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Mia Nakano LGBTQ | June 29, 2014 - 4:16pm
TV personality Lisa Ling married her "Doctor McDreamy," Paul Song, on Sunday.
Harry Mok | June 1, 2007 - 9:36am
A LiveScience article reports on an interesting, new study finding that interracial couples invest more resources on their children. The study posits that the trend can be explained as compensation to balance social prejudices.
So-called biracial (aka interracial or multiracial) parents are more likely than their "monoracial" counterparts to provide their children with a home computer, private schooling and educational books and CDs and to make sure they participate in reading activities, dance, music or art lessons outside of school and get trips to the zoo, library and other cultural venues.
This year marks the fortieth anniversary of the Virginia v. Loving Supreme Court decision, striking down a state law prohibiting interracial marriage between whites and individuals of other races. Since 1967, the number of multiracial couples in the United States has more than tripled, as Asia Nation highlights, particularly among Asian Americans. The study notes that the findings on an advantage for children of multiracial parents only holds when comparing the biracial couple with respective monoracial couples.
Melanie | May 31, 2007 - 12:58pm
Guest blogger Carmina Ocampo -- Immigration reform has forever been one of those make or break issues for Asian Americans. To put things way too simply, the Chinese Exclusion Acts of 1882 told Chinese people to stay the heck away while the 1965 Immigration and Nationality Act let everyone and their Asian mothers in. Given how fundamental immigration reform has been in constructing the varied racial/ethnic/sexual identities of Asian Americans, it's no understatement to say that the outcome of the immigration reform bill currently being debated by the Senate really matters. It matters who stands to benefit from immigration reform. You'd think immigrants would benefit the most from immigration reform but that might not be the case. Unfortunately, the interests of big business and concern for furthering American global domination have wielded too much influence over the current immigration bill so far. Corporations are divided over what immigrants they prefer. Some corporations have advocated for reform that will yield highly skilled professionals while other corporations want greater access to lower skilled workers.
Rebecca | May 29, 2007 - 8:53am
Guest blogger Carmina Ocampo -- Amidst tense negotiations and angry protests, the Los Angeles County Metropolitan Transportation Authority board of directors voted to increase bus fares Thursday in a decision that will hurt the poor communities of color. The plan came as a result of a compromise proposed by Supervisors Gloria Molina and Zev Yaroslavsky, after the Board rejected the Mayor's plan that called for lower fare hikes. The LA Times reported that under the new MTA plan, bus fares will increase from $1.25 to $1.50; the daily pass will go from $3 to $5 on July 1 and $6 in 2009; and the monthly pass will go from $52 to $62 on July 1 and $75 in 2009. (The original proposal was much more devastating, proposing to raise the fare from $1.25 to $2 and the monthly pass from $52 to $120 over the next two years). According to the Bus Riders Union, most of MTA's 500,000 bus riders are members of the black and Latino working class who rely on public transportation on a daily basis. According to the MTA, the median household income of a bus rider is $12,000. Given these facts, the new plan will no doubt have a devastating impact on the poor people of Los Angeles, who struggle to support their families, commute long hours to work, and face a lack of affordable housing. The bus fare issue has also concerned API community groups, considering that there are many API immigrants, especially undocumented immigrants, that rely on the bus for daily transportation. One Filipino careworker I recently met told me that she relies on the bus to commute to work everyday and attend meetings at the Pilipino Workers' Center.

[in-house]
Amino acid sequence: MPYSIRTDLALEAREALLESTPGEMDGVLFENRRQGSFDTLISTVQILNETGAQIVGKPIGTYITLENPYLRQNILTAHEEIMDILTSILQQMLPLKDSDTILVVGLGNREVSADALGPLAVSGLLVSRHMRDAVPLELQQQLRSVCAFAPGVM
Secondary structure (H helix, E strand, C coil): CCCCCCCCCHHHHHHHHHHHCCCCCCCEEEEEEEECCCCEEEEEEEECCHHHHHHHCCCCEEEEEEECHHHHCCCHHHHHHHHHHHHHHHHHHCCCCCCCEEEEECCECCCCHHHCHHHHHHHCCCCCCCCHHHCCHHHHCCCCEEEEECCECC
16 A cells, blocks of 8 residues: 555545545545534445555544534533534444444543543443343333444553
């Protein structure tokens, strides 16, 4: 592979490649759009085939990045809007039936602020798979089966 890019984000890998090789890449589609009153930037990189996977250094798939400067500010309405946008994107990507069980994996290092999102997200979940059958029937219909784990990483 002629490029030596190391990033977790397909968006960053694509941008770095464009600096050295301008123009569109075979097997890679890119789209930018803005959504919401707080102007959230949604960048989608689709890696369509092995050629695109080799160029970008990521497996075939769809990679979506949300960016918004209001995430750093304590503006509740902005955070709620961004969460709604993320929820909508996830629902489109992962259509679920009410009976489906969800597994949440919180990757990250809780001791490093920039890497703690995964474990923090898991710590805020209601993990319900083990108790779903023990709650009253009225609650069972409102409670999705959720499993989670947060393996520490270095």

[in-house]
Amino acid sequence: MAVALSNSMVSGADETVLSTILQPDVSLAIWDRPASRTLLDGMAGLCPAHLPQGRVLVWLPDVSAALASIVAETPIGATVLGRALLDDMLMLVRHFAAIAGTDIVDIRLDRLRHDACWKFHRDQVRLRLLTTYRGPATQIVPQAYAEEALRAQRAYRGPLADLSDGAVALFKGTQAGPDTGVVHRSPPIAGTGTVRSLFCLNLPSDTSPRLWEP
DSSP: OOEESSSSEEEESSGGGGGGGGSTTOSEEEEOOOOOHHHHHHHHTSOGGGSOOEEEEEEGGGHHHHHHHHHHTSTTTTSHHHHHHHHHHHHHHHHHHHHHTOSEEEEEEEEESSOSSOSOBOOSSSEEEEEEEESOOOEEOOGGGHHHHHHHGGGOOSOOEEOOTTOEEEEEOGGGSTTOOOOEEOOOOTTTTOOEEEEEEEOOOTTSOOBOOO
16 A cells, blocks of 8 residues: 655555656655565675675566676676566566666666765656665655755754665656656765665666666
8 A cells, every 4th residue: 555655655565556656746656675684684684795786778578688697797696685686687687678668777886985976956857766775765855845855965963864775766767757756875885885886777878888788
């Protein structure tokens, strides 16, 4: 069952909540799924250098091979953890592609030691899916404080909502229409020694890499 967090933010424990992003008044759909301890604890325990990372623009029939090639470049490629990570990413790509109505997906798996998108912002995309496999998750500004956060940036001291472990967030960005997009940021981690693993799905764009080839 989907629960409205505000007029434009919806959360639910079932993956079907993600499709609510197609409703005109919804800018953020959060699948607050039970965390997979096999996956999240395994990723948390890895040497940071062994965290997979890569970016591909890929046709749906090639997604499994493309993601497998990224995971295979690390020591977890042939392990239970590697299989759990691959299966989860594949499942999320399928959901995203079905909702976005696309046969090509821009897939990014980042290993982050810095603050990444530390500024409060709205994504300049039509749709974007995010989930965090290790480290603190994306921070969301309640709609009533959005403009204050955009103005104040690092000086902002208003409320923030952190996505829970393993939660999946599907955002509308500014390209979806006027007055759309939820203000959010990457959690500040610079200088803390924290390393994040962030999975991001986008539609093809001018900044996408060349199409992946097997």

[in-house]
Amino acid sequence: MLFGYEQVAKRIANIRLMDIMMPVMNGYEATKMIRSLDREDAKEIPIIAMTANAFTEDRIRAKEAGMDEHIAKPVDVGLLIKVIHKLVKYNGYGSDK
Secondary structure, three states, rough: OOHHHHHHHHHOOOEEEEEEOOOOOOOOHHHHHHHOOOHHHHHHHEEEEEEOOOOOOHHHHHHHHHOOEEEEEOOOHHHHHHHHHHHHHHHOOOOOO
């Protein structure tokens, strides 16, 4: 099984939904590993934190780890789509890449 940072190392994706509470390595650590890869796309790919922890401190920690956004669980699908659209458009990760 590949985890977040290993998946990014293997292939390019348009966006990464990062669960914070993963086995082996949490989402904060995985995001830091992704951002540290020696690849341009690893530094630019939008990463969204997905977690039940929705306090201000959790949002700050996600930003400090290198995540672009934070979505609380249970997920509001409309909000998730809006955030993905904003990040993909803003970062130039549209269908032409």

Rebecca | May 26, 2007 - 1:54pm
Luke.jpg Contestant Luke Patterson will represent Great Leap at Mr. Hyphen 2007. Founded by Nobuko Miyamoto, Great Leap is a multicultural performing arts organization rooted in the Asian American community that promotes cross-cultural exchange through the creative and collaborative process of performances, workshops and community residences. About Luke: Rapper. Graffiti artist. Non-profit office hooligan. Mentor. Luke Patterson is many things to many people. He's an MC for the L.A.-based hip-hop group Aesthetics Crew. He's an organizer against police brutality. He's a role model to youths who need it the most, through his work at the APA Youth Resolution Center. Most importantly though, Luke wants to bring together the multi-cultural communities and he'll even tame a lion while riding a unicycle blindfolded to do so. With a multi-talent like this it shouldn't take much to make that great leap to Mr. Hyphen infamy!
I would hope to do a lot of work in building bridges between the Asian & Asian American communities with other communities of color. Through my work I have seen that there is still a lot of ignorance, stereotypes and mis- or non-communication between our community and other Black and Brown people. I would like to do a lot of work breaking down stereotypes and pre-conceived notions of who “Asians” are, what we can be beyond the model minority ideas, and how strong we can be politically and community organizing-wise. I think that if our communities are all united on a deeper level of understanding and respect, not just on the surface of acceptance of each other, then we can make real progressive change for all of us together.